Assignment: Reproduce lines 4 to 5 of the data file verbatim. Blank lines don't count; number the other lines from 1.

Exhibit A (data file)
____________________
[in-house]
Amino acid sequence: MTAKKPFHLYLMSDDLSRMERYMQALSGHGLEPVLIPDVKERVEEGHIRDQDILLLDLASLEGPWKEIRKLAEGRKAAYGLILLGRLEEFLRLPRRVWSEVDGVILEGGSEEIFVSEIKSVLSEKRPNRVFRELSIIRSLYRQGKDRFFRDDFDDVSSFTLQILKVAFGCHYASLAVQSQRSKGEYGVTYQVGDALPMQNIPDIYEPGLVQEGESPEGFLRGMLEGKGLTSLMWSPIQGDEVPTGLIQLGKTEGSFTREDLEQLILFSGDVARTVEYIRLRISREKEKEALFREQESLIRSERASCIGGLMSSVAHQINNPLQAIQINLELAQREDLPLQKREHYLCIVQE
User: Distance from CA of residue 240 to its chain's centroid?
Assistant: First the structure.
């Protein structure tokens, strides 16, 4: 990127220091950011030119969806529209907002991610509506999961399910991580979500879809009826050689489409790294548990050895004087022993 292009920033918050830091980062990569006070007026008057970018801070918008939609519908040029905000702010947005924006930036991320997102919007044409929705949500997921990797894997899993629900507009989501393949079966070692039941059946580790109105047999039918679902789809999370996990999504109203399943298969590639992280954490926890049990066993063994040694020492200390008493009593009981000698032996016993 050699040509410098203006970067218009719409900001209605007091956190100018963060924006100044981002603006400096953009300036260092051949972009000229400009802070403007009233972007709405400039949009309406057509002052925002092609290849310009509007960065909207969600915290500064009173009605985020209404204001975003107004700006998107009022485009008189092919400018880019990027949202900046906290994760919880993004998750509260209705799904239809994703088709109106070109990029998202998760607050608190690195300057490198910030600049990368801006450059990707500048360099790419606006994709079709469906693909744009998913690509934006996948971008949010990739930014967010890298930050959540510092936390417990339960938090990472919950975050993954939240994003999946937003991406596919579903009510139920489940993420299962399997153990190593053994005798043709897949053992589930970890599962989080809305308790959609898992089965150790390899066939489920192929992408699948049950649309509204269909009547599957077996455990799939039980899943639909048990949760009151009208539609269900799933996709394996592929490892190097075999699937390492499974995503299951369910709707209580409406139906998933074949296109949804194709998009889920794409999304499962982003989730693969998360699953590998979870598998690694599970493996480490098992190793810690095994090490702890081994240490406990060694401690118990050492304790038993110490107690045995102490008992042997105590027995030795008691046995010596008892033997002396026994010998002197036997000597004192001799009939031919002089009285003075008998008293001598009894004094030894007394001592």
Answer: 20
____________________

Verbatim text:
Assistant: First the structure.
């Protein structure tokens, strides 16, 4: 990127220091950011030119969806529209907002991610509506999961399910991580979500879809009826050689489409790294548990050895004087022993 292009920033918050830091980062990569006070007026008057970018801070918008939609519908040029905000702010947005924006930036991320997102919007044409929705949500997921990797894997899993629900507009989501393949079966070692039941059946580790109105047999039918679902789809999370996990999504109203399943298969590639992280954490926890049990066993063994040694020492200390008493009593009981000698032996016993 050699040509410098203006970067218009719409900001209605007091956190100018963060924006100044981002603006400096953009300036260092051949972009000229400009802070403007009233972007709405400039949009309406057509002052925002092609290849310009509007960065909207969600915290500064009173009605985020209404204001975003107004700006998107009022485009008189092919400018880019990027949202900046906290994760919880993004998750509260209705799904239809994703088709109106070109990029998202998760607050608190690195300057490198910030600049990368801006450059990707500048360099790419606006994709079709469906693909744009998913690509934006996948971008949010990739930014967010890298930050959540510092936390417990339960938090990472919950975050993954939240994003999946937003991406596919579903009510139920489940993420299962399997153990190593053994005798043709897949053992589930970890599962989080809305308790959609898992089965150790390899066939489920192929992408699948049950649309509204269909009547599957077996455990799939039980899943639909048990949760009151009208539609269900799933996709394996592929490892190097075999699937390492499974995503299951369910709707209580409406139906998933074949296109949804194709998009889920794409999304499962982003989730693969998360699953590998979870598998690694599970493996480490098992190793810690095994090490702890081994240490406990060694401690118990050492304790038993110490107690045995102490008992042997105590027995030795008691046995010596008892033997002396026994010998002197036997000597004192001799009939031919002089009285003075008998008293001598009894004094030894007394001592």